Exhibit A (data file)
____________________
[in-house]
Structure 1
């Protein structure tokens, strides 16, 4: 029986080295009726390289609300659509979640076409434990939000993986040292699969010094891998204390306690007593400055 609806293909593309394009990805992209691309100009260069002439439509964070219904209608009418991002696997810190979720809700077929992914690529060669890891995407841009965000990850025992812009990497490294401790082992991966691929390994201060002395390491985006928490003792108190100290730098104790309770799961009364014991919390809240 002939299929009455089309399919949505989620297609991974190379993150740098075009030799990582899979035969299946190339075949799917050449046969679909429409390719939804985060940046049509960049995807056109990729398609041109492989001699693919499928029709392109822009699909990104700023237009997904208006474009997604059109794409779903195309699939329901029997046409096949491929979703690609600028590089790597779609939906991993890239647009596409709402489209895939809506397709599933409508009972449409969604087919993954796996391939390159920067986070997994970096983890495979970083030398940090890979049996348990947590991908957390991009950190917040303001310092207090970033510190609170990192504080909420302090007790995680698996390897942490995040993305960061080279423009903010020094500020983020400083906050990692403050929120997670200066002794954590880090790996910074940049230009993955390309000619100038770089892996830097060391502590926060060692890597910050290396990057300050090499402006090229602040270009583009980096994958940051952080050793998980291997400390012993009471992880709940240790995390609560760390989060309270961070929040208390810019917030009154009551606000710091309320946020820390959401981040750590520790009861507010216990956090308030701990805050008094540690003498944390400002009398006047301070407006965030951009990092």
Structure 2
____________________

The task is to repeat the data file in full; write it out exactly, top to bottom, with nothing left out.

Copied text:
[in-house]
Structure 1
């Protein structure tokens, strides 16, 4: 029986080295009726390289609300659509979640076409434990939000993986040292699969010094891998204390306690007593400055 609806293909593309394009990805992209691309100009260069002439439509964070219904209608009418991002696997810190979720809700077929992914690529060669890891995407841009965000990850025992812009990497490294401790082992991966691929390994201060002395390491985006928490003792108190100290730098104790309770799961009364014991919390809240 002939299929009455089309399919949505989620297609991974190379993150740098075009030799990582899979035969299946190339075949799917050449046969679909429409390719939804985060940046049509960049995807056109990729398609041109492989001699693919499928029709392109822009699909990104700023237009997904208006474009997604059109794409779903195309699939329901029997046409096949491929979703690609600028590089790597779609939906991993890239647009596409709402489209895939809506397709599933409508009972449409969604087919993954796996391939390159920067986070997994970096983890495979970083030398940090890979049996348990947590991908957390991009950190917040303001310092207090970033510190609170990192504080909420302090007790995680698996390897942490995040993305960061080279423009903010020094500020983020400083906050990692403050929120997670200066002794954590880090790996910074940049230009993955390309000619100038770089892996830097060391502590926060060692890597910050290396990057300050090499402006090229602040270009583009980096994958940051952080050793998980291997400390012993009471992880709940240790995390609560760390989060309270961070929040208390810019917030009154009551606000710091309320946020820390959401981040750590520790009861507010216990956090308030701990805050008094540690003498944390400002009398006047301070407006965030951009990092």
Structure 2